Tuesday, August 30, 2011

Paul, Marcion & the Church Fathers

Here are a few statements that (I think) can be widely agreed by scholars on all sides of the various fences as being 'facts':
  1. Marcion (or his followers) compiled the first collection of 'New Testament' books. This consisted of one Gospel and ten letters attributed to the Apostle Paul. This was in the early part of the 2nd century.
  2. The Gospel used by Marcionites (and which they thought was by Paul) was similar to the gospel we now call 'Luke' although it was considerably shorter than the canonical version of Luke we are familiar with today.
  3. The Epistles used by the Marcionites were, likewise, considerably shorter than the canonical versions of Paul's letters as we know then today. They were: Galatians, 1 Corinthians, 2 Corinthians, Romans, 1 Thessalonians, 2 Thessalonians, Laodiceans [our "Ephesians"], Colossians, Philemon and Philippians.
  4. In the late 2nd century (and later), the Church Fathers had access to longer versions of the Epistles of Paul and the Gospel of Luke and compared these with the Marcionite versions.
  5. There is no documentary evidence of any pre-Marcionite Pauline Epistle or pre-Marcionite Gospel of Luke.
It is tricky to reconstruct what might have happened way back then.

The orthodox view is that:
  • Paul wrote the Epistles, pretty much as we have them today. Someone else wrote Luke, pretty much as we have it today.
  • Marcion took them and edited them to suit his own purposes.
However, given the lack of evidence, at least two other possibilities should be considered. First that:
  • Paul wrote the Episles and Marcion used them without editing. Similarly with Luke.
  • An anti-Marcionite edited them to conform to the emerging 'catholic' worldview. Rehabilitating Paul (and Luke) in the process.
Or, possibly:
  • Marcion wrote the Epistles (and gospel, perhaps) and attributed them to Paul.
  • An anti-Marcionite edited them to conform to the emerging 'catholic' worldview. Rehabilitating Paul in the process.
How can we choose between these options? I don't think we have any evidence to refute either of the latter two. All we can do is appeal to the majority - most people believe the orthodox view, so it is more likely that it is the truth. The problem is, that most people believe the orthodox view, because it was the orthodox view that won in the battle of the ideologies. The winner in a contest isn't always the 'right' one.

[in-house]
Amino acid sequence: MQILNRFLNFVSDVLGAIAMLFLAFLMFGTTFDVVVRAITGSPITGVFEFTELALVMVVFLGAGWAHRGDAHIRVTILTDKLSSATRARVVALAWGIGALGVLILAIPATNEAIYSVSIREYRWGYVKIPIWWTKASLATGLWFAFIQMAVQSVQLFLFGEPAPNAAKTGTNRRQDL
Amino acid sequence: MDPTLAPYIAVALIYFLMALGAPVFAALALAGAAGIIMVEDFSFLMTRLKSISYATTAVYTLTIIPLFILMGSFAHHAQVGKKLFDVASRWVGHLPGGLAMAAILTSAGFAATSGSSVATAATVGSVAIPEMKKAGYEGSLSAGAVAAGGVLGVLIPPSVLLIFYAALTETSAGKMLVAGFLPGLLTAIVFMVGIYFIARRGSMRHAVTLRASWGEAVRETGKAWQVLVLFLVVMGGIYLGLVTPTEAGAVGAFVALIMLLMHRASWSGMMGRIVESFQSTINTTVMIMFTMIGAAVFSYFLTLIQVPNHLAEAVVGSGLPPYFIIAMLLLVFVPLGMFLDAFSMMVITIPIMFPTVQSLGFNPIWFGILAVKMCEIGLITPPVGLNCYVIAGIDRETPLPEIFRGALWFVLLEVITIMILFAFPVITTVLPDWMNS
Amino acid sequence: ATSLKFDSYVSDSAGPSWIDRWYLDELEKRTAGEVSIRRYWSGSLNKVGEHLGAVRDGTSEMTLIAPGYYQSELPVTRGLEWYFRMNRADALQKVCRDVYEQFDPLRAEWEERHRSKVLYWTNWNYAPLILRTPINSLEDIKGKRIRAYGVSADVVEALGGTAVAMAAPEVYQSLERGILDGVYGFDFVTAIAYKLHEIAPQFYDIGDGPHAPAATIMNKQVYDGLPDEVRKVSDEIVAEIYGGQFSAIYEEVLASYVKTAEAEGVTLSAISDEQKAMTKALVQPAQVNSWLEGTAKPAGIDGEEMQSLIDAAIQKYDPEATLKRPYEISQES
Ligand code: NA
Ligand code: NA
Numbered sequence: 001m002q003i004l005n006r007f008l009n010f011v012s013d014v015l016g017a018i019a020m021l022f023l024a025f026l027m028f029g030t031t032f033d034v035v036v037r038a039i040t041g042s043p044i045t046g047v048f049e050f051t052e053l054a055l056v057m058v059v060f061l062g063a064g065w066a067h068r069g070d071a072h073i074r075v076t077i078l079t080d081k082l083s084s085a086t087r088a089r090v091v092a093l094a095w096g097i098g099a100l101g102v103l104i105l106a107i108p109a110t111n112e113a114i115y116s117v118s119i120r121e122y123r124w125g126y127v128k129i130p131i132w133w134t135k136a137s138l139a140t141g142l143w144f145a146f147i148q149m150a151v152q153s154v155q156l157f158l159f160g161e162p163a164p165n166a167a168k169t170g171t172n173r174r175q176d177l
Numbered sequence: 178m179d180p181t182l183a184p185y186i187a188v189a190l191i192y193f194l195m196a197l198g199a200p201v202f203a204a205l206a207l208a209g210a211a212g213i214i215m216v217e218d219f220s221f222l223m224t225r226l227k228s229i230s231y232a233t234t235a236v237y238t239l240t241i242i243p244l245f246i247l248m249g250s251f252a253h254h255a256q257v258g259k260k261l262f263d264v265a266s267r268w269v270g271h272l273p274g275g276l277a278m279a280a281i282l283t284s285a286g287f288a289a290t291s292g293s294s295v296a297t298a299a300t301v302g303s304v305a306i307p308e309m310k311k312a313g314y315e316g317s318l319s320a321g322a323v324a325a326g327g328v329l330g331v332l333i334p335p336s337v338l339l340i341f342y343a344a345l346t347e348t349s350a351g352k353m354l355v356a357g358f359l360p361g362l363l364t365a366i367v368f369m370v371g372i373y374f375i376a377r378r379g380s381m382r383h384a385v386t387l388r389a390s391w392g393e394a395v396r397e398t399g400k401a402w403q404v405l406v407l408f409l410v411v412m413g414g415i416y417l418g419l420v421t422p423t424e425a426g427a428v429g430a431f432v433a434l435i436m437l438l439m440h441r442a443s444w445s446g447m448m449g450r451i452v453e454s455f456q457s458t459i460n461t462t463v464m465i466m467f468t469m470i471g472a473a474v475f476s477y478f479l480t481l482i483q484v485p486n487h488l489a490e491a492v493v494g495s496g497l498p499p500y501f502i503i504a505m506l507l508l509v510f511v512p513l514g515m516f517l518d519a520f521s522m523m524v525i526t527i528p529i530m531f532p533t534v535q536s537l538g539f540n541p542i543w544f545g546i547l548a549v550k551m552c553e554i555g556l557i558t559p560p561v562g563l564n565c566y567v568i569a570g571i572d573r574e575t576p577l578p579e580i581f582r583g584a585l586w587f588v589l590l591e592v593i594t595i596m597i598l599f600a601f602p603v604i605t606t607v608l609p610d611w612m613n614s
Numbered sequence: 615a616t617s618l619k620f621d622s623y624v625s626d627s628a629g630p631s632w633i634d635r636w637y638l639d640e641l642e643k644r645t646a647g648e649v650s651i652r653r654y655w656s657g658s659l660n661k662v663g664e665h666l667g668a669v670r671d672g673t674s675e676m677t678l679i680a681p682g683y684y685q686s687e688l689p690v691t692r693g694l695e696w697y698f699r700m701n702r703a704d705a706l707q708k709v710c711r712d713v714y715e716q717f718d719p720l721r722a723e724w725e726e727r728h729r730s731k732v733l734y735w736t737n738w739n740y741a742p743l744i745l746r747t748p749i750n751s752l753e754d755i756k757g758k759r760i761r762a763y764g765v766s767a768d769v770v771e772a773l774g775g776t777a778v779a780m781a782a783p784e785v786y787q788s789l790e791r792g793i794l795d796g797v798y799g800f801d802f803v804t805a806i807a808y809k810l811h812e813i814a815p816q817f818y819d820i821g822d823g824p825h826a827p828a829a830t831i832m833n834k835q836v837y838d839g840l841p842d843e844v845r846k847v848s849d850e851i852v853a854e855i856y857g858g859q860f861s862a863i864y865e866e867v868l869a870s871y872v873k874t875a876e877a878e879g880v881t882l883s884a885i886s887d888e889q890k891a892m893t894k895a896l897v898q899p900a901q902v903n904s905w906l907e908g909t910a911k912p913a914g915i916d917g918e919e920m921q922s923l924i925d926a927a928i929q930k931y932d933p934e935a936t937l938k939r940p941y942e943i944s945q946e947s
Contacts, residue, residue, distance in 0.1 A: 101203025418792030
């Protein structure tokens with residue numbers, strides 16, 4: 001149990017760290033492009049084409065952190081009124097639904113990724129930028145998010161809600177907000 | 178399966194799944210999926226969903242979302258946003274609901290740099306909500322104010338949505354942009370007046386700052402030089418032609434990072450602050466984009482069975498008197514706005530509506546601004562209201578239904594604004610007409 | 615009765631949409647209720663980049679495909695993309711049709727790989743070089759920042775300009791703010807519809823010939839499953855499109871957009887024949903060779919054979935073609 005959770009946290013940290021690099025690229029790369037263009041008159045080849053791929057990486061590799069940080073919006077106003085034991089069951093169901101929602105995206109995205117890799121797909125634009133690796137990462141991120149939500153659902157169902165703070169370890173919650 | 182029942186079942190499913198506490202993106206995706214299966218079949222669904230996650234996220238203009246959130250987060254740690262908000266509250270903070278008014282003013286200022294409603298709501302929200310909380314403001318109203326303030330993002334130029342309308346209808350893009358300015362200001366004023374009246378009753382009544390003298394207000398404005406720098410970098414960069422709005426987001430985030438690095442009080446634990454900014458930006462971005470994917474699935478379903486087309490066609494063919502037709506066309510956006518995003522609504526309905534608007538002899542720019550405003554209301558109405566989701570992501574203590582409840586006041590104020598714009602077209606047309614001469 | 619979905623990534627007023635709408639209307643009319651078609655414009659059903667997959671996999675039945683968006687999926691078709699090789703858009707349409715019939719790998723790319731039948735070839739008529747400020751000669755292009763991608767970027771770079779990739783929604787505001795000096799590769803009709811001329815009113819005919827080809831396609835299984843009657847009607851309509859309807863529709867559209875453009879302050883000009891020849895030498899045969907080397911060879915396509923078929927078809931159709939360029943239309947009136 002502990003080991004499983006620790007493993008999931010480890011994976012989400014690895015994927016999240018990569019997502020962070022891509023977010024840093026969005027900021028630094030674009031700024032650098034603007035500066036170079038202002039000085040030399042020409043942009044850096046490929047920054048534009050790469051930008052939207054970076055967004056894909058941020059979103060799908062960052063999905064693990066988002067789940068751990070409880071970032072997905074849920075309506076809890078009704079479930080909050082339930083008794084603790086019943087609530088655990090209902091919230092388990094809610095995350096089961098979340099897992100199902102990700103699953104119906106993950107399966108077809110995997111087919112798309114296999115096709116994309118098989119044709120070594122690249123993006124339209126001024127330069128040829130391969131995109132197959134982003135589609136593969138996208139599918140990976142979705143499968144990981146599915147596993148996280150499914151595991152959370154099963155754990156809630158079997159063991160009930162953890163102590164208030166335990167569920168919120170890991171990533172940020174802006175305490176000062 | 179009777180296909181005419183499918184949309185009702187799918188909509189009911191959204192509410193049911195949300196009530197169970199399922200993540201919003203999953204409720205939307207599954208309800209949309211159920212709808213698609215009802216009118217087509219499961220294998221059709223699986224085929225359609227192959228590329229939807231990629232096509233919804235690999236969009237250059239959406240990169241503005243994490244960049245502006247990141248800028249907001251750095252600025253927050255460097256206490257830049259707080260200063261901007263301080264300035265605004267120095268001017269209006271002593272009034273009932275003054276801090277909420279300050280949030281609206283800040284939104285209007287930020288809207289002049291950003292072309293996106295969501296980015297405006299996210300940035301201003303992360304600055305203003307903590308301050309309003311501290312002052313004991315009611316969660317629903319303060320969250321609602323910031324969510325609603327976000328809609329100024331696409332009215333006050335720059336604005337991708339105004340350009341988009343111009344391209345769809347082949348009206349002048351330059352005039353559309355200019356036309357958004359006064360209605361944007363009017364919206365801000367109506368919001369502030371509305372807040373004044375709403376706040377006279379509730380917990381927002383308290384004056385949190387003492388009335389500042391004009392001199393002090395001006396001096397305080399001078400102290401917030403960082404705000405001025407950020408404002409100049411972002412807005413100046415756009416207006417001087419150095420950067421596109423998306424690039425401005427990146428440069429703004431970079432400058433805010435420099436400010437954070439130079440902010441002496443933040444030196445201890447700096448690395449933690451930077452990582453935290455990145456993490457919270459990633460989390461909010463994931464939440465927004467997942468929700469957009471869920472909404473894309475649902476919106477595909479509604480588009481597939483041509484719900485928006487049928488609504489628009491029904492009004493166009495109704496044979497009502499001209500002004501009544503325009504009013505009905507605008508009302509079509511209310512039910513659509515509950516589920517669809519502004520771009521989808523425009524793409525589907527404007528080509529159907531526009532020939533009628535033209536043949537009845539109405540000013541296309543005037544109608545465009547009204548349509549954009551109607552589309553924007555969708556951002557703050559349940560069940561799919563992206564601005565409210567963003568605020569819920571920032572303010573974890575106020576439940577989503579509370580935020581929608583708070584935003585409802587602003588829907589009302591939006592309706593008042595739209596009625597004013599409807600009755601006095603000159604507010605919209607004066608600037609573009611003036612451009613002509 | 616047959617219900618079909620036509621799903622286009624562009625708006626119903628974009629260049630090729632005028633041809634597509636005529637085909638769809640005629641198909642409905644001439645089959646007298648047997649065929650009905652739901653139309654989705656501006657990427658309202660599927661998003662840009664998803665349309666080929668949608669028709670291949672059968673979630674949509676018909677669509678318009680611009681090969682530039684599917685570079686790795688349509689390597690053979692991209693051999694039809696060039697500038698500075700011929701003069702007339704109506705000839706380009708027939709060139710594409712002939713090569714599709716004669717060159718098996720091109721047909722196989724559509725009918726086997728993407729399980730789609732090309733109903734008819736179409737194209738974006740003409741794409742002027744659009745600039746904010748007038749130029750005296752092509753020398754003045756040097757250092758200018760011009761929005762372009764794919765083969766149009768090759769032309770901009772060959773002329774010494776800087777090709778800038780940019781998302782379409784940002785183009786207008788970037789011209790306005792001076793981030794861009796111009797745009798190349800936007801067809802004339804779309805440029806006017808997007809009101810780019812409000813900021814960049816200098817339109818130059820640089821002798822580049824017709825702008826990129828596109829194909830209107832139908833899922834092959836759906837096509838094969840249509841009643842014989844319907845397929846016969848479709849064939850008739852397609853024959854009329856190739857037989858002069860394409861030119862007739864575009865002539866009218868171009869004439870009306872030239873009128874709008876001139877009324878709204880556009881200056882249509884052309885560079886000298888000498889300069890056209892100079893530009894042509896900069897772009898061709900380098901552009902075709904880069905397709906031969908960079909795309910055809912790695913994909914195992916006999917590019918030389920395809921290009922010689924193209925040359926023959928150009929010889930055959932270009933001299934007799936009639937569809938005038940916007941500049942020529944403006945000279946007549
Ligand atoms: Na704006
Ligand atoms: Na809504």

The water gets further muddied when you consider 'redaction criticism' - in many places it does look like the epistles of Paul have been edited or partially rewritten by later writers. I have on my shelf a copy of J.C. O'Neill's commentary on Romans. In it he pulls the book of Romans to bits and attempts to reconstruct the 'original' Pauline letter. His reconstruction is less than a third of the canonical version. I must say that I find it implausible that quite so much additional material was added to Romans in the space of a few decades, apparently by several different editors, and that no traces survive of earlier (less edited) versions of the letter. However, many of his points are valid, and it certainly looks as if someone has padded out Romans with some additional material. Bultmann referred to this person as the 'Ecclesiastical Redactor' and David Trobisch has claimed that this was Polycarp in his book "The First Edition of the New Testament".

So does the 'fact' that the canonical letters of Paul have apparently been edited lend any support to either of the later options? Well, possibly yes, although all it really casts a question over is whether the canonical letters of Paul are the same as when Paul wrote them. The evidence seems to indicate someone has edited them - presumably with a purpose. And presumably that purpose was to either remove offending content (i.e. content that disagreed with the view of the editor) or to add in sanitising content (i.e. content representing the views of the editor, which softens the blow of some other content, which has been retained).